Album Review: Gary Numan – Dance
Casual listeners’ knowledge of Gary Numan’s body of work often doesn’t extend his hit single “Cars,” a track from his 1979 solo debut The Pleasure Principle. And that’s unfortunate, because Numan’s work has been consistently fascinating. He has released 20 solo albums to date (including two collaborative releases) and his most recent, 2017’s Savage (Songs from a Broken World) ranks among his best.
In 1981 Numan released his third solo set, Dance. Titling the album thusly was an example of Numan’s deadpan humor (a quality underappreciated among those who focus on the cold robotic persona displayed in the “Cars” video).
While Dance is very much an electronics-based album, songs like “Slowcar to China” make effective use of fretless bass guitar (courtesy of Japan’s Mick Karn), violin (Nash the Slash) and “real” drums (played by Roger Taylor of Queen). Dance is very much of its time, yet somehow feels less dated than similarly synth-centric releases of its era.
There are indeed danceable tunes on the album (“Night Talk” is one) but overall Dance is a moody, hypnotic set of tunes that collectively possess a kind of late-night vibe. Despite the electronics, there’s an organic, exotic feel to many of the album’s songs. Modern-day listeners may not an aesthetic similarity to David Bowie’s Berlin trilogy (“Heroes,” Low and Lodger), most explicitly in the nearly ten-minute “Cry the Clock Said.”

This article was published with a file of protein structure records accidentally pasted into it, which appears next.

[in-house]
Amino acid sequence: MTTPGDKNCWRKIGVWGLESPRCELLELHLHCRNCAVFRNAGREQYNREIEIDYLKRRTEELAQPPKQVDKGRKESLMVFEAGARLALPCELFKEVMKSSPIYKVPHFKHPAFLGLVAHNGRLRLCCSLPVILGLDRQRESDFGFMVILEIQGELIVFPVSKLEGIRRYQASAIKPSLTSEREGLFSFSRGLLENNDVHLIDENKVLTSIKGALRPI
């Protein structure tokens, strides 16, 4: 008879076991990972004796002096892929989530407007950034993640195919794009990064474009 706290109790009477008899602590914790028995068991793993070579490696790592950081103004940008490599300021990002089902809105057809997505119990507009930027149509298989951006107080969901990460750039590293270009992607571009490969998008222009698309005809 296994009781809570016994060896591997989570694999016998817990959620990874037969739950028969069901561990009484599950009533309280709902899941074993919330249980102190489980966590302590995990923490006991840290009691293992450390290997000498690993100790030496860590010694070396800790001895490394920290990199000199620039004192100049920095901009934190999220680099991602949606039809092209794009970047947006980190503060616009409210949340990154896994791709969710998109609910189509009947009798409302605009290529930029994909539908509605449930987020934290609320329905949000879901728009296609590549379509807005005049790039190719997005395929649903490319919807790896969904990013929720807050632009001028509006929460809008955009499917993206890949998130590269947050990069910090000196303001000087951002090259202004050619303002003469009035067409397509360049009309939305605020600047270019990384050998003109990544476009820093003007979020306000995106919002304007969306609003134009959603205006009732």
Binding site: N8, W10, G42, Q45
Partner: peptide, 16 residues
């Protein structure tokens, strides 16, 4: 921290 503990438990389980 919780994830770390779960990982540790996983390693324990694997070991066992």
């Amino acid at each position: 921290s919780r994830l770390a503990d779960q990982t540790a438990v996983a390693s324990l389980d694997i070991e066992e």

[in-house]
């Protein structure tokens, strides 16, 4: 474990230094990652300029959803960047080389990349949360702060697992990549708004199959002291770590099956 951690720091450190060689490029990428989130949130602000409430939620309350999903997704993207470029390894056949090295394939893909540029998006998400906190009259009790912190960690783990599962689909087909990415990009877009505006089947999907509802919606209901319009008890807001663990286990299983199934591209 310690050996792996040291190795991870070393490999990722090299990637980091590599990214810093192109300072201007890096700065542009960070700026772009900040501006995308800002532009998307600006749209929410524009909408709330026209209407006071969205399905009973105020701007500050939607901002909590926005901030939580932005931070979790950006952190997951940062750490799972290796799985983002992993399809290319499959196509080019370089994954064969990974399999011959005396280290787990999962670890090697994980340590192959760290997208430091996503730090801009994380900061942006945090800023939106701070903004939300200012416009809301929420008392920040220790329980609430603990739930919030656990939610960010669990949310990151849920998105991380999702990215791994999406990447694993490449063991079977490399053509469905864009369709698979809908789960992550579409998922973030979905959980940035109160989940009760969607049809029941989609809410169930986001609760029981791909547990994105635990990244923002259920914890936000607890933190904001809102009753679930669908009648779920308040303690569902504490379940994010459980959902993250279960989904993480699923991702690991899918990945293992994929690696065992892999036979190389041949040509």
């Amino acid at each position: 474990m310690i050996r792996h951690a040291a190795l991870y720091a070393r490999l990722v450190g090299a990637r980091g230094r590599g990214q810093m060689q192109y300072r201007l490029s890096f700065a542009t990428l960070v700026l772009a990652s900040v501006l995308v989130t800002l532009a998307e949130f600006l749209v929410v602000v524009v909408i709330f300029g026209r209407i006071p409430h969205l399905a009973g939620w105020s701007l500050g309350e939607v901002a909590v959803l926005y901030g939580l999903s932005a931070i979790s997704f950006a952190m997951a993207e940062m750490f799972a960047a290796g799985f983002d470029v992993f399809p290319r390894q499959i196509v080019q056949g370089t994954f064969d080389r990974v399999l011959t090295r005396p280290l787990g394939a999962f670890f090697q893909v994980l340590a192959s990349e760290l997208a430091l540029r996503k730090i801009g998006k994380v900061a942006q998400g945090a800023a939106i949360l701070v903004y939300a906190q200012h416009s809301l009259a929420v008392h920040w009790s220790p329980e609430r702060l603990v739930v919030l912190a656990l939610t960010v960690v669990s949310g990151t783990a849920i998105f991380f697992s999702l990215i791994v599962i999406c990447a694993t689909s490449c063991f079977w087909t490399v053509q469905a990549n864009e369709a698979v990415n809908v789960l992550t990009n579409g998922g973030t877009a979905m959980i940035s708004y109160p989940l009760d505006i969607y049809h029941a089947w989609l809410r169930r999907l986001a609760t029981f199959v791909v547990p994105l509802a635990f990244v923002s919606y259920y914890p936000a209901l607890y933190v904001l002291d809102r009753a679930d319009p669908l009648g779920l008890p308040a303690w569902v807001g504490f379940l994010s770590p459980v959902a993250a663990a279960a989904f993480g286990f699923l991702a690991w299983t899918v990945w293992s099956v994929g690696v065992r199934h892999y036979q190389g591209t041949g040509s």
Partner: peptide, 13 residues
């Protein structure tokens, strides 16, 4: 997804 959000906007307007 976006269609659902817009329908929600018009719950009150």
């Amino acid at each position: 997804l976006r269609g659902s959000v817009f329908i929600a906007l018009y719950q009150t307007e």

The original 1981 release of Dance figuratively and literally compressed 50 minutes’ worth of music onto a single album, sacrificing fidelity and volume in the process. For the 2018 reissue from Beggars Arkive, the music has been spread across three LP sides, giving space for the music to breath. The new purple-vinyl reissue appends the original album with a new extended version of “Moral,” plus a singe (“Stromtrooper in Drag”), three b-sides and an outtake of the title track.
This review is part of a week-long series covering new vinyl releases and/or reissues, including titles scheduled for special release on Record Store Day 2018, this coming Saturday (April 21). Please support your local independent record store.